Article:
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Art Reception For Fine Art of Engagement Gallery At Piermont Jewelers To Be Held Feb. 11 Between 4 and 6 pm
By Tina Traster
Sometimes the art of retailing is the art itself.
That’s the notion Peter Helou latched onto for La Reine Boutique, a fine jeweler on Piermont’s main street that has diversified with an in-house art gallery.
Helou, who opened the high-end luxe store in 2019 just before the pandemic, says the store has a dearth of foot traffic – a problem that continues to worsen. Art, he believes, is a way to drive people from Rockland County and beyond to his store and to Piermont. The village, which had once been a robust hub for arts and antiques, is resurrecting its art offerings to become so once again.
“Walking traffic is very low,” said Helou, who is also the former president of the Piermont Chamber of Commerce. “Online traffic takes away more and more market share from niche shops like ours. This is an existential moment. We need to think about ways to bring people back to the streets.”
Helou has found a champion in Kate Buggeln, Piermont’s Chamber of Commerce president who believes strongly in art as a driver for a healthy community. A photographer, and director of a highly visible Piermont institution, the Flywheel Gallery, Buggeln worked with Helou to create a gallery within his jewelry store, which is known as the Fine Art of Engagement Gallery.
The store will hold a reception on the art exhibit “In The Name of Love” on Feb. 11 between 4 and 6 pm at La Reine at 510 Piermont Avenue. The show features about two dozen works by artists Ron Wohlgemuth, who creates digital hybrid art, and Harry Martin, whose surreal compositions examine the intersection of art and AI. The show runs through Feb.26.
Both artists also show their work at Flywheel Gallery.
“Art creates an emotional vitality that is resonant in the air, for both residents and visitors,” said Buggeln. “Art creates a sticky visit. It makes a place a destination. It gives people who come for lunch or dinner an incentive to take a break, stay longer, an added reason to come to the village and linger.”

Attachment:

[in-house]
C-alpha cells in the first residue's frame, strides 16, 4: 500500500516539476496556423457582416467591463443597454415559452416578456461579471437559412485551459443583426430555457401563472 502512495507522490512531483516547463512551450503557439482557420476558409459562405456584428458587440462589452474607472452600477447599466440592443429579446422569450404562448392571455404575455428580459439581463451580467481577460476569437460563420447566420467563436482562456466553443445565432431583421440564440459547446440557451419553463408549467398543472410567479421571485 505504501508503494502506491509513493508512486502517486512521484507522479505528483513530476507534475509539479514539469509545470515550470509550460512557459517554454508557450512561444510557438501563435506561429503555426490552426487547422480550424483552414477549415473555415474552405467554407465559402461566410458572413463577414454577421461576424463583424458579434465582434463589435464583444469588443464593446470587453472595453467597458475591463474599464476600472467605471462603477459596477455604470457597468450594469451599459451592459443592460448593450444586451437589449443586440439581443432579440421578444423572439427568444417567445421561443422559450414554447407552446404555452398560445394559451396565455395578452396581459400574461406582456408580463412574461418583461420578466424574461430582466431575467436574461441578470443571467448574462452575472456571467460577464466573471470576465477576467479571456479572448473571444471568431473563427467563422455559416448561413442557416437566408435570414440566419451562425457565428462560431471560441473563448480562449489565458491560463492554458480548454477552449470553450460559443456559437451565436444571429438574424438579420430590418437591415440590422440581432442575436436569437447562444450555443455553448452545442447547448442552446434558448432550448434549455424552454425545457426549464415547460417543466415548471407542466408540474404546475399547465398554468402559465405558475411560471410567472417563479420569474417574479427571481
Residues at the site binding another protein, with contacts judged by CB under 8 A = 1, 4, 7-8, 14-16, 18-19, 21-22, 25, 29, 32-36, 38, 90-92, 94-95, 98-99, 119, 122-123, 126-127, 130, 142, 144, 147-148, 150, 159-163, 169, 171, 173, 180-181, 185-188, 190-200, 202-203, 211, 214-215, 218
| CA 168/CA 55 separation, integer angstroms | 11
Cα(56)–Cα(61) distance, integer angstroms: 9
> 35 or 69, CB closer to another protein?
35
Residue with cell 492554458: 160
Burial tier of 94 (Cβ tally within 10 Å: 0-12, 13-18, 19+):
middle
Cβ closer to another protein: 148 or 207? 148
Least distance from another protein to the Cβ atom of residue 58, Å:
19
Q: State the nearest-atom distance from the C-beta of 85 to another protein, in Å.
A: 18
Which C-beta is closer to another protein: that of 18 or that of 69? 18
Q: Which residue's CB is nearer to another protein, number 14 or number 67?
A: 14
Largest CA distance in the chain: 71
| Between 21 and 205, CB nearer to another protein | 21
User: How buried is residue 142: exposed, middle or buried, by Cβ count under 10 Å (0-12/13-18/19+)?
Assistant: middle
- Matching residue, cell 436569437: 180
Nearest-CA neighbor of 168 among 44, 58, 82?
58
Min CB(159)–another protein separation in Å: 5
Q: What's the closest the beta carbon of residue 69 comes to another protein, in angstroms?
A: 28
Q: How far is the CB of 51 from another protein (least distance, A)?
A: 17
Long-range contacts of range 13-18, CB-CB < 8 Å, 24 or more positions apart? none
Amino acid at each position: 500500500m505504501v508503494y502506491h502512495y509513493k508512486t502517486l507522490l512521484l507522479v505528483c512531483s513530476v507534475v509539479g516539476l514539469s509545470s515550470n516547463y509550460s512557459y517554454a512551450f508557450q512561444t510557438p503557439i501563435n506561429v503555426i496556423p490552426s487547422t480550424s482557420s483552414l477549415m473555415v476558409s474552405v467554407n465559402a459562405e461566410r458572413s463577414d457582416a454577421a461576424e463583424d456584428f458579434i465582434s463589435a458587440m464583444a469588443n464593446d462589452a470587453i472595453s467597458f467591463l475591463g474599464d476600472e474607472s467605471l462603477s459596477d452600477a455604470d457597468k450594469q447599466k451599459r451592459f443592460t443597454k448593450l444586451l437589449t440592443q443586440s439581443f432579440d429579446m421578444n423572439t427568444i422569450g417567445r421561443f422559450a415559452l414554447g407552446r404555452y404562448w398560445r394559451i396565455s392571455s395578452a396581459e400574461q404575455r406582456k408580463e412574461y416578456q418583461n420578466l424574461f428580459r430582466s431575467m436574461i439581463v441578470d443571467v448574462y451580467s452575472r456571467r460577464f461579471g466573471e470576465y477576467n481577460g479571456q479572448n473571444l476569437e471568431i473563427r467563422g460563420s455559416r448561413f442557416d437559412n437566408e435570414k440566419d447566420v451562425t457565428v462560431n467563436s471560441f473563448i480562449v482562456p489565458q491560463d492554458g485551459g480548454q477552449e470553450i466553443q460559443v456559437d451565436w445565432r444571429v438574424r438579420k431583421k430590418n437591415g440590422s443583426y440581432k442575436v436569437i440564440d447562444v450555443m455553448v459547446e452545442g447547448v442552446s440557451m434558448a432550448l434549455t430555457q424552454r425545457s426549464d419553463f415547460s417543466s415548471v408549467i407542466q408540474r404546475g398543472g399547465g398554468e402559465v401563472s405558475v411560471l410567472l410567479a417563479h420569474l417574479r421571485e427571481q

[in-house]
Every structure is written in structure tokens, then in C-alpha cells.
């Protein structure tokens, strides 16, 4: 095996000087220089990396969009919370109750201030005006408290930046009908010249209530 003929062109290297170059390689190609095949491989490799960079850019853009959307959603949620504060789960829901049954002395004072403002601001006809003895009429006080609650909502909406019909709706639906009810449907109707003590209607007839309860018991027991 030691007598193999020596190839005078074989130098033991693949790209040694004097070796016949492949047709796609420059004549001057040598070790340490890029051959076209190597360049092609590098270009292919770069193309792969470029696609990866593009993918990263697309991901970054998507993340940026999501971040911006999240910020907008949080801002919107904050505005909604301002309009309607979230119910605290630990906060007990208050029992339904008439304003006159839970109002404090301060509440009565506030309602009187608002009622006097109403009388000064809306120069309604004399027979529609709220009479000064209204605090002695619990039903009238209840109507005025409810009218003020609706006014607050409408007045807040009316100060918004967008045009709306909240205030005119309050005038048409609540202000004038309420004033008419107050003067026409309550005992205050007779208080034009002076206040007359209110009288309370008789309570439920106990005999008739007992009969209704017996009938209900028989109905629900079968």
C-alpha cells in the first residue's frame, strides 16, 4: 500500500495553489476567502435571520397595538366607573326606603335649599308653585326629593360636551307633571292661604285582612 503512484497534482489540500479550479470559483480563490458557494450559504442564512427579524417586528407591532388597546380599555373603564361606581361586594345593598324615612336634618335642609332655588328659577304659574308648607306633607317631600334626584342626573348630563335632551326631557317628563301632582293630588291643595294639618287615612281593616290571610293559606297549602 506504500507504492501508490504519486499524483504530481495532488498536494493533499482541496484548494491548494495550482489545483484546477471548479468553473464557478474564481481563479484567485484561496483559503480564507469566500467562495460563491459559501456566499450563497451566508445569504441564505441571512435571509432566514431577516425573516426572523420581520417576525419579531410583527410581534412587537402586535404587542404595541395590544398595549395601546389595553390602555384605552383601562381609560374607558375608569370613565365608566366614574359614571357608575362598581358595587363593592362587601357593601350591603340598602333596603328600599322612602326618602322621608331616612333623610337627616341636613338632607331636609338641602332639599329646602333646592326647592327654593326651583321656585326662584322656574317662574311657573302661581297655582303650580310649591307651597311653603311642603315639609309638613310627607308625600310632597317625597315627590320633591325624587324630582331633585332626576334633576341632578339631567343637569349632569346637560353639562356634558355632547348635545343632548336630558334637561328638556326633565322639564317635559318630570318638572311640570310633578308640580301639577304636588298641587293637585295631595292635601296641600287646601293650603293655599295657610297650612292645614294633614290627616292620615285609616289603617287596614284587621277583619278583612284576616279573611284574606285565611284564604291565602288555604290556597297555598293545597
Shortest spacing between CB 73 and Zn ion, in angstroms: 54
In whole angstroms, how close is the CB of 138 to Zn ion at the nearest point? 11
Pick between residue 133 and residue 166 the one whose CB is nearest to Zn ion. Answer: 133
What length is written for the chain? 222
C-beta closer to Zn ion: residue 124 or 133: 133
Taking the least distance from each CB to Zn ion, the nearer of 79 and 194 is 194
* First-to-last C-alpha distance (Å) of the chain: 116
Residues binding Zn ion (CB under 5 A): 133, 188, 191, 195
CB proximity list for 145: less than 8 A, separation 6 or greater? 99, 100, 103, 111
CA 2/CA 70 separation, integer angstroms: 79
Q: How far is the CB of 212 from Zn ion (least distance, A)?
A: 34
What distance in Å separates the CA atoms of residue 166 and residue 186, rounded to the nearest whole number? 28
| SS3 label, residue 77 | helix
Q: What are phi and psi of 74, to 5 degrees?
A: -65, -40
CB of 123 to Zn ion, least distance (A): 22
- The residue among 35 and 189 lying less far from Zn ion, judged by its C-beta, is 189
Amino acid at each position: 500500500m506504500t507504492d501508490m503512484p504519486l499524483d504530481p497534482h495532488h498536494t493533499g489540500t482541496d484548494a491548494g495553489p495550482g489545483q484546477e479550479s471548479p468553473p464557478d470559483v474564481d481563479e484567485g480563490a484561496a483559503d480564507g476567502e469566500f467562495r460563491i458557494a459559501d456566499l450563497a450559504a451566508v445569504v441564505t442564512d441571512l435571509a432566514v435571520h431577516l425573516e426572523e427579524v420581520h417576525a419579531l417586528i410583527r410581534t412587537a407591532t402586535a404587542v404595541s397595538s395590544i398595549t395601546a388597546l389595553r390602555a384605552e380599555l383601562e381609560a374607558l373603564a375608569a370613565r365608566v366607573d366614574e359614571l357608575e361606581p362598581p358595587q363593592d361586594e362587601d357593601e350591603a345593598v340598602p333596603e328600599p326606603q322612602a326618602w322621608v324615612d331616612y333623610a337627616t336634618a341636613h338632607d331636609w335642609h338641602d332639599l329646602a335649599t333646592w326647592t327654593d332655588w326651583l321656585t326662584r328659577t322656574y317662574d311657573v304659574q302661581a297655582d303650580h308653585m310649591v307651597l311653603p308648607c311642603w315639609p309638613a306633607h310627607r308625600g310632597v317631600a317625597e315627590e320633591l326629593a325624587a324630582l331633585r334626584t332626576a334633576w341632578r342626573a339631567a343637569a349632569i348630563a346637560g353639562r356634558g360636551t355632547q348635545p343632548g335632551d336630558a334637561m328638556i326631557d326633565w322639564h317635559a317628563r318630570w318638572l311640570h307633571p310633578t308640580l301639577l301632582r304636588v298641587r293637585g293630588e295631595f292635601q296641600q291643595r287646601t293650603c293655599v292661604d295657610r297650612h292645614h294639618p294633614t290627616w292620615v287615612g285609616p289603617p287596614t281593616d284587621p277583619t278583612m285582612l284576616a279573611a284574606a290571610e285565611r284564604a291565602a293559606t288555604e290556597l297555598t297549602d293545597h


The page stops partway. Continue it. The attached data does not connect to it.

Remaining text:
La Reine sits at the heart of Piermont, which is blessed with mid-19th century and early 20th century architecture, the historic Flywheel Park, and Hudson River access that gives the village a maritime feel. The village has a strong core of restaurants. But on many days, and particularly in colder weather, the community is sleepy.
Buggeln is hoping to rev up foot traffic and turn Piermont into an even more notable daytrip destination by making art widely available to be seen and/or purchased. The Flywheel Gallery opened 30 years ago when Piermont was transforming from a blue-collar community into a gentrified hub. Many art and antique spots have come and gone.
“Art is part of Piermont’s pedigree,” said the Chamber President, who intends to use part of a $10,000 Rockland County Tourism Grant to plan a mid-June “Piermont Celebrates Hudson Valley Arts” day that will include the restaurants and galleries.
Piermont’s Flywheel Gallery, along with Piermont Fine Arts Gallery and Happy Dog Gallery, are clustered around Flywheel Park. Home goods seller and florist Ned Kelly often sells work at his eponymous Piermont Avenue store. The Outside In gallery sits slightly outside of the downtown cluster of galleries, and the Union Arts Center is nearby in Sparkill.
“When there’s a history of art and galleries in a community, it typically increases the value of real estate and foot traffic. Look at SoHo and Chelsea,” Buggeln added.
Helou is betting on these odds.
With Buggeln’s help and curation, Helou reorganized his store, devoting nearly half of his “real estate” to art.
“It makes sense,” said Buggeln. “The customer who’s inspired to buy jewelry is also interested in art. It’s good synergy.”
The works on offer at the gallery range from $250 to $1,600.
Featured Image is art by Ron Wohlgemuth